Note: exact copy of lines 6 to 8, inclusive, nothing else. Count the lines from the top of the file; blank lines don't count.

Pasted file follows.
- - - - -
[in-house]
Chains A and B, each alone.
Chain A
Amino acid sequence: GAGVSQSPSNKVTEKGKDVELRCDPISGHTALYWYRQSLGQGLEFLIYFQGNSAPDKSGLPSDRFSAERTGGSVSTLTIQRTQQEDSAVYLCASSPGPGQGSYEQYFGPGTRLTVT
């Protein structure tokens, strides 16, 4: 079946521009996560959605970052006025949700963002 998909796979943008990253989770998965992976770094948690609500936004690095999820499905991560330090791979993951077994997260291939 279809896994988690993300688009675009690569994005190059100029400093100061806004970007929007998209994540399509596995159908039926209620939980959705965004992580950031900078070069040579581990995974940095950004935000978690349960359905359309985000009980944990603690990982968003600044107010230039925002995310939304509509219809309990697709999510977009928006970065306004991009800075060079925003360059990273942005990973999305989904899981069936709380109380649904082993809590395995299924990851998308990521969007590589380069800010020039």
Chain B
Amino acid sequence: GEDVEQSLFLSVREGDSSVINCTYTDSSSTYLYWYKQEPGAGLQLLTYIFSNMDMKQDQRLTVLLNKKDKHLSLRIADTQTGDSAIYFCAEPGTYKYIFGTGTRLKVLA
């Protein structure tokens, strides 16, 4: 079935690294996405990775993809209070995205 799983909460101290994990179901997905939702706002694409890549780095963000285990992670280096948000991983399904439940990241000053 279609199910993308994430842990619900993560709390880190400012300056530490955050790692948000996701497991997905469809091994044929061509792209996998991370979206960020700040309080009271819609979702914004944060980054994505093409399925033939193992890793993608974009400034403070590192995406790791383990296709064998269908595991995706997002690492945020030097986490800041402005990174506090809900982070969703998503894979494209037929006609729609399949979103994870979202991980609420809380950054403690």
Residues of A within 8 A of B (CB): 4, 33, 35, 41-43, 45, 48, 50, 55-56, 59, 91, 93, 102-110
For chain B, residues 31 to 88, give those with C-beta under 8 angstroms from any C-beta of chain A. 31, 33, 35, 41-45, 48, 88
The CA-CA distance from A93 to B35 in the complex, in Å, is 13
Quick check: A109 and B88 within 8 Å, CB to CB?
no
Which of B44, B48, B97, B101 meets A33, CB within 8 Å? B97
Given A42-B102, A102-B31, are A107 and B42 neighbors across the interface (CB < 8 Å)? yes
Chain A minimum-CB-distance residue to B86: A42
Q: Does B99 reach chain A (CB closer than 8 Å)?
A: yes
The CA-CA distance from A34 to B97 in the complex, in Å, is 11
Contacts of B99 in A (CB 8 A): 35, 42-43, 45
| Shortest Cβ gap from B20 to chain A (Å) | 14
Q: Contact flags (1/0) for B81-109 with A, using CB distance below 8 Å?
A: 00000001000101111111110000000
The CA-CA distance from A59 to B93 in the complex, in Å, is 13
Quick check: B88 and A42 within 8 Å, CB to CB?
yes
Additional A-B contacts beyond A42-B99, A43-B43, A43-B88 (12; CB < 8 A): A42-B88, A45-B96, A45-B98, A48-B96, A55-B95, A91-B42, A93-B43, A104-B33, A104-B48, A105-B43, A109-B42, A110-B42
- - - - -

Chain B
Amino acid sequence: GEDVEQSLFLSVREGDSSVINCTYTDSSSTYLYWYKQEPGAGLQLLTYIFSNMDMKQDQRLTVLLNKKDKHLSLRIADTQTGDSAIYFCAEPGTYKYIFGTGTRLKVLA
């Protein structure tokens, strides 16, 4: 079935690294996405990775993809209070995205 799983909460101290994990179901997905939702706002694409890549780095963000285990992670280096948000991983399904439940990241000053 279609199910993308994430842990619900993560709390880190400012300056530490955050790692948000996701497991997905469809091994044929061509792209996998991370979206960020700040309080009271819609979702914004944060980054994505093409399925033939193992890793993608974009400034403070590192995406790791383990296709064998269908595991995706997002690492945020030097986490800041402005990174506090809900982070969703998503894979494209037929006609729609399949979103994870979202991980609420809380950054403690």